1. Escape-Proof Collar For Escape-Prone Dogs

The Martingale is the ideal collar for dogs that may try to back out of a regular collar. Dogs that struggle and pull against a regular collar may be able to slip their heads out.

Many owners find this to be true even when they think they have adjusted the collar very tightly.

However, with a Martingale, even a dog who struggles vigorously won’t be able to slip out. Not only does this prevent escape, but it can train your dog not to keep trying to slip out of the collar.

2. Appropriate Collar for Dogs With a Head About the Same Size as Their Neck

The Martingale is the correct choice for dogs with either very slim heads or very thick necks.

These dogs may slip out of a regular collar even if they aren’t trying to do so, since there really isn’t anything keeping the collar on them besides their ears. The Martingale collar tightens enough that these dogs won’t be able to pull out of it.

3. For Dog Training

Martingale collars also work for dog training. A dog who pulls on the leash can feel the collar tighten. These signals tell your dog that they should relax pressure and stop pulling. The collars are quite loose when pressure is not applied. However, they tighten evenly around your dog’s entire neck when pressure is employed.

If you buy one with a chain in the design, they also make a very distinct clicking sound when they tighten. This can be an important asset in training. A light pull on a Martingale collar can be a cue for a dog to obey a command that has been given.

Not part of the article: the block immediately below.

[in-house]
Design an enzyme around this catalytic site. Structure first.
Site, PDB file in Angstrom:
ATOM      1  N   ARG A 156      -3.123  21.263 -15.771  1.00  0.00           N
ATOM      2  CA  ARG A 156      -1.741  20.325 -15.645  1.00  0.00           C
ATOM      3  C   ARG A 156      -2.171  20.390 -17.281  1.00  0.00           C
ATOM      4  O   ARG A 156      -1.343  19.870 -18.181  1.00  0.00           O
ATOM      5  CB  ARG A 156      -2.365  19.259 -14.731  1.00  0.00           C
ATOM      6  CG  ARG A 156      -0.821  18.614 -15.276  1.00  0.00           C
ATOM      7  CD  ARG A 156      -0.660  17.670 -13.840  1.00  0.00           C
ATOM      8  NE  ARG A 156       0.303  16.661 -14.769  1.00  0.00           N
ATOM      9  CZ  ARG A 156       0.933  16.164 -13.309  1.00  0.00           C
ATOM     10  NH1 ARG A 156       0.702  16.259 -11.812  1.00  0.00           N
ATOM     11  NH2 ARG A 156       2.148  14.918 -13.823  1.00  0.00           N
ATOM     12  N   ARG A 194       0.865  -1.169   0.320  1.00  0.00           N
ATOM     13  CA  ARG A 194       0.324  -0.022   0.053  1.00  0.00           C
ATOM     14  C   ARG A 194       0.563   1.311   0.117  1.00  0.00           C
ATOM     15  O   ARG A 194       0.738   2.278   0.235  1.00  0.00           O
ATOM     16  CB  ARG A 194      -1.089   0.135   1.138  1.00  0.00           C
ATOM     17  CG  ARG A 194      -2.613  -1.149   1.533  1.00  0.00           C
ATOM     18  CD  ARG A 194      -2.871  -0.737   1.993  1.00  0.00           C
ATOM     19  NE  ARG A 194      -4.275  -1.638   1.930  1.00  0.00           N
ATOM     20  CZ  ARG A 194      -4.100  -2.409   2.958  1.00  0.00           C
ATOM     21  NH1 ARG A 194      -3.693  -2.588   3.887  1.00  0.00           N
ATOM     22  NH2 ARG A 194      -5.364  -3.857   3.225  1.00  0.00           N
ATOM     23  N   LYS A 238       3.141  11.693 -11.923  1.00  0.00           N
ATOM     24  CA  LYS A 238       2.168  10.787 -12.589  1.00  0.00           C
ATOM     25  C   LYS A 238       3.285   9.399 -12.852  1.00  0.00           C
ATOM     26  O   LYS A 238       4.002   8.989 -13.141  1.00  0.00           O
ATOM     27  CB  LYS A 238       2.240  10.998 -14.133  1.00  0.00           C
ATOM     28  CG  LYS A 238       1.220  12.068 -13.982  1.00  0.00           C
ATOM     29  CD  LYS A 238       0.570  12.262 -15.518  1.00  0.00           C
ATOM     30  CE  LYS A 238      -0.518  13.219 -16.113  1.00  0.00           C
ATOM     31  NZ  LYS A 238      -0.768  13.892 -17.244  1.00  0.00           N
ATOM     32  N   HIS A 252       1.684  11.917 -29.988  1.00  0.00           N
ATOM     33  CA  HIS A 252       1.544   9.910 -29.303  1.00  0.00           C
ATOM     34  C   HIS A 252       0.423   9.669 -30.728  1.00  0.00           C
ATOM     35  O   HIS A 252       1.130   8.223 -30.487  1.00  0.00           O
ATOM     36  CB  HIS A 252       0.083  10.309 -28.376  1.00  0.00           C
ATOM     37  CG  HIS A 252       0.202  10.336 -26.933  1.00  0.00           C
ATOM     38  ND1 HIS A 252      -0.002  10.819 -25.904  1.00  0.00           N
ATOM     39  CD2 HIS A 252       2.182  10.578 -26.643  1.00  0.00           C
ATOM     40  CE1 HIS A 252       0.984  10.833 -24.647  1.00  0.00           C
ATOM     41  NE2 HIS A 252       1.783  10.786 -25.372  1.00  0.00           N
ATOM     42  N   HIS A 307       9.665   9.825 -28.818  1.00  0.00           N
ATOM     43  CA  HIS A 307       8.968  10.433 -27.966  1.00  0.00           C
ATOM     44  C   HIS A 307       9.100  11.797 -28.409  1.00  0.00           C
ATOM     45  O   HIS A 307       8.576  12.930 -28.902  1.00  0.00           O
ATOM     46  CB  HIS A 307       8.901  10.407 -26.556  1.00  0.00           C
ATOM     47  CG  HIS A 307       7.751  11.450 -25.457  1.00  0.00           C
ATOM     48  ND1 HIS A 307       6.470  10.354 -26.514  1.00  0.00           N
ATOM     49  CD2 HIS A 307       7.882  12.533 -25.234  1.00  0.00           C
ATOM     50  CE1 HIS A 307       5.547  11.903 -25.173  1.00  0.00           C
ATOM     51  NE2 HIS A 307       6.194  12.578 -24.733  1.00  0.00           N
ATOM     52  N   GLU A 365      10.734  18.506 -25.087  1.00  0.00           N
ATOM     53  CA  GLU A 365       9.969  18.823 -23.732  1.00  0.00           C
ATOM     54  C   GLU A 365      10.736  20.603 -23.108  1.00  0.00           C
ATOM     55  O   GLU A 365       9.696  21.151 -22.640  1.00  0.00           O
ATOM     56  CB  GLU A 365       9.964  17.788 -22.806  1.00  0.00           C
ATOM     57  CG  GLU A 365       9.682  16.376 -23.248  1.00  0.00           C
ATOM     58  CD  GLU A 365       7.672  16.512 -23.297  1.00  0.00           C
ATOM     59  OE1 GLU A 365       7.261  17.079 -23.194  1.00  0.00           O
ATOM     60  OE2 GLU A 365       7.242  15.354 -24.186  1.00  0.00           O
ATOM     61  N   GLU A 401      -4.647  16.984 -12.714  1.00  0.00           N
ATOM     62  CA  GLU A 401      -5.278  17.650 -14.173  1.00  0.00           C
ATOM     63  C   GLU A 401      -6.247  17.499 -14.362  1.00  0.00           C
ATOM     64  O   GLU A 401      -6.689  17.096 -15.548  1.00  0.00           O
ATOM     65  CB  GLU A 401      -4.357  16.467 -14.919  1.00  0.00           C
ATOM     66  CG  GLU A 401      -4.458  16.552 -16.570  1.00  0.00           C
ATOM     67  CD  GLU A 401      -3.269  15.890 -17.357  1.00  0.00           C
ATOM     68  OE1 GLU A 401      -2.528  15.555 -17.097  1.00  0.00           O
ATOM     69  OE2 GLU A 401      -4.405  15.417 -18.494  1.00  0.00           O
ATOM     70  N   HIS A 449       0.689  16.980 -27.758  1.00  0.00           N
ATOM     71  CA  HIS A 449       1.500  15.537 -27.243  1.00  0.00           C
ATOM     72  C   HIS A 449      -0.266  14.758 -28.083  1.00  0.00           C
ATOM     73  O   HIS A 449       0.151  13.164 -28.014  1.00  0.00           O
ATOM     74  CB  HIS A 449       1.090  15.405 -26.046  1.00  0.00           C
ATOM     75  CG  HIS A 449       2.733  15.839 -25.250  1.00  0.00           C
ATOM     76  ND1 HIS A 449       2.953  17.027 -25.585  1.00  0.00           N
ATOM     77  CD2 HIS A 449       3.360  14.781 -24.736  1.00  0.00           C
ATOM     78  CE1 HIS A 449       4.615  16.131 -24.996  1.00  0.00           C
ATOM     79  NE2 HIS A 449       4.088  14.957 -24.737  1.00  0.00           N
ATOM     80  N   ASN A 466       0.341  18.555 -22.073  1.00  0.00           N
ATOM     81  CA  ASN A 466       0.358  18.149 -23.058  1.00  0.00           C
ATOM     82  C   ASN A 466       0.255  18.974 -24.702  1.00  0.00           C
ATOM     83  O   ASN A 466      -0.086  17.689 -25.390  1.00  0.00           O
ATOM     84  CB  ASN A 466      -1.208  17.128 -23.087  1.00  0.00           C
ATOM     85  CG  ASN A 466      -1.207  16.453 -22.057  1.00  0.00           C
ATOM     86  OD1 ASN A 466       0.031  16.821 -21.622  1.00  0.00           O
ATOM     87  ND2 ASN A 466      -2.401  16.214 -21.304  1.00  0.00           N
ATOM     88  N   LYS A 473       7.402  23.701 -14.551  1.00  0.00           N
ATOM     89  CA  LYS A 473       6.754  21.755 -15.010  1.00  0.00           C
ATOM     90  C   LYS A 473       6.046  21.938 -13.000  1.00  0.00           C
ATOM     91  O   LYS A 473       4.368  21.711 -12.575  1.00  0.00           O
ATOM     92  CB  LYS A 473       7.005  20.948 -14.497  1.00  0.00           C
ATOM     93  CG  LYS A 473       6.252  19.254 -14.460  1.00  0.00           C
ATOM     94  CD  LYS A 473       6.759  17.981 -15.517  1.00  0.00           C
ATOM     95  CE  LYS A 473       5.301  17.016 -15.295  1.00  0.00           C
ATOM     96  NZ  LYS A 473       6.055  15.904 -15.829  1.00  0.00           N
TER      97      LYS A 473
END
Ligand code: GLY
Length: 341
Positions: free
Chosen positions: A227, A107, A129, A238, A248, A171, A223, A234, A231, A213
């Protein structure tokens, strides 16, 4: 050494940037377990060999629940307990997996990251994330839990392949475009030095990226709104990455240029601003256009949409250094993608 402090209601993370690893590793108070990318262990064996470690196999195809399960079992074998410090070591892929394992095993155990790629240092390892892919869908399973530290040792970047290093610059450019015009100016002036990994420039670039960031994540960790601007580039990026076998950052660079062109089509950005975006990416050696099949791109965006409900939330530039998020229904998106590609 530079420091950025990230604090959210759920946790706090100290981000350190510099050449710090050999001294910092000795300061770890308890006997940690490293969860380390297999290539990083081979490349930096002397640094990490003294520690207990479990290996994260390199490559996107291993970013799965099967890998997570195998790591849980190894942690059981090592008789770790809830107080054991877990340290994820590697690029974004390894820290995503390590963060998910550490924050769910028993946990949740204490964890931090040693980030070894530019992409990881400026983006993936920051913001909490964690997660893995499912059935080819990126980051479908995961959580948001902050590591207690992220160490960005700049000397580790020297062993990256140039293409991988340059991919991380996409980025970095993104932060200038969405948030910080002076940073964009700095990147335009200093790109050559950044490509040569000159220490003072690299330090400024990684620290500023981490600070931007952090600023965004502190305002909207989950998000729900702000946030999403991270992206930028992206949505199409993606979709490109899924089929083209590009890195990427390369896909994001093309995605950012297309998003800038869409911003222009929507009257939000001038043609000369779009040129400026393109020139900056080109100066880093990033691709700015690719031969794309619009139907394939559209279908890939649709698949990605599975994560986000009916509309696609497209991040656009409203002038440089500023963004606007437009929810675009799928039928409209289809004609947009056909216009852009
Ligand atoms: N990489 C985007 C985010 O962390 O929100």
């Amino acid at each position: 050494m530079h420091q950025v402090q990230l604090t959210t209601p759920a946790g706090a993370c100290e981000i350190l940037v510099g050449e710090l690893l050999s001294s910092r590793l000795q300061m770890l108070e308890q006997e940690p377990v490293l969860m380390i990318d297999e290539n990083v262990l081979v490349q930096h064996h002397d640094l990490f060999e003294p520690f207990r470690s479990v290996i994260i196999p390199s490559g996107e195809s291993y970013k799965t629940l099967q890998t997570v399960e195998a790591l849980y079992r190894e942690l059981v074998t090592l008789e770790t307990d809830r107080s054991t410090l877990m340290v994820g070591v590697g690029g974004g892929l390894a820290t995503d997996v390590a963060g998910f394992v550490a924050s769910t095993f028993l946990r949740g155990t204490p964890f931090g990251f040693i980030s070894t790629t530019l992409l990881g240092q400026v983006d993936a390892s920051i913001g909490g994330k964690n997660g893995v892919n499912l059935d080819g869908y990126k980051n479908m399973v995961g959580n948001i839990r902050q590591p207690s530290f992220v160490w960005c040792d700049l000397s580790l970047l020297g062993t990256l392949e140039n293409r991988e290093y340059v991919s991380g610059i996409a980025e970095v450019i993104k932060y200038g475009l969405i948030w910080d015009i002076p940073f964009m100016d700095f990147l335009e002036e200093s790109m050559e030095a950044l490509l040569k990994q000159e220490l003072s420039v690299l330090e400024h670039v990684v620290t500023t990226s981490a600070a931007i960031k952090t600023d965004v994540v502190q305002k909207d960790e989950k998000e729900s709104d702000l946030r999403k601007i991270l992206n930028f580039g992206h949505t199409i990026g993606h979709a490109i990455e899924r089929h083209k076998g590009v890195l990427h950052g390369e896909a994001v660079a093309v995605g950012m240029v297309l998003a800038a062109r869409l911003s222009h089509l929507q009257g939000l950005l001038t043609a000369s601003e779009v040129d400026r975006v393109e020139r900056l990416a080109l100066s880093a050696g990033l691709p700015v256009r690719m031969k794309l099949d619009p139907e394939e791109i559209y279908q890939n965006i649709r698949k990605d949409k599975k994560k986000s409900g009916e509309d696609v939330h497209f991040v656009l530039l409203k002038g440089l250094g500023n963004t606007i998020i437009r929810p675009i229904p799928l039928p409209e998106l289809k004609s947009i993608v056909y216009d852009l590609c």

For instance, if you ask your dog to “sit” but they don’t seem to hear or be paying attention, a light pull on the collar can get their attention and remind them to sit without you having to repeat yourself.

I review some popular online dog training courses in another article if you’re looking for professional help.

What Breeds Should Use a Martingale Collar?

Dalmatians being trained by their owner.jpg

Any breed that can safely be restrained by the neck can wear a Martingale collar. They’re effective for smaller dogs all the way up to the largest breeds.

However, there are a couple of breeds for which these collars are standard. Martingales should always be used for these breeds if a neck lead collar is going to be used at all:

  • Sighthounds. Sighthounds like Greyhounds, Afghans, Salukis, etc. always should wear a Martingale. These dogs can easily slip out of a regular collar because their head is so narrow. For the safety of their delicate neck, it’s recommended that these dogs wear a wide Martingale collar.
  • Bully breeds. Pitbulls, Bull Terriers, Bulldogs, and other dogs with very thick necks benefit from a Martingale collar. Because their neck is as wide as their head, they may be able to easily slip out of a regular collar.
  • Gundogs. Many dogs in the gundog class, including Vizlas, Pointers, Springer Spaniels, and more tend to have narrow heads similar to a sighthound’s head. These dogs may be prone to pulling out of a regular collar and will benefit from a Martingale.
  • Dalmatians. Dalmatians have a narrow head compared to their neck and benefit from a Martingale.

How to Use a Martingale Collar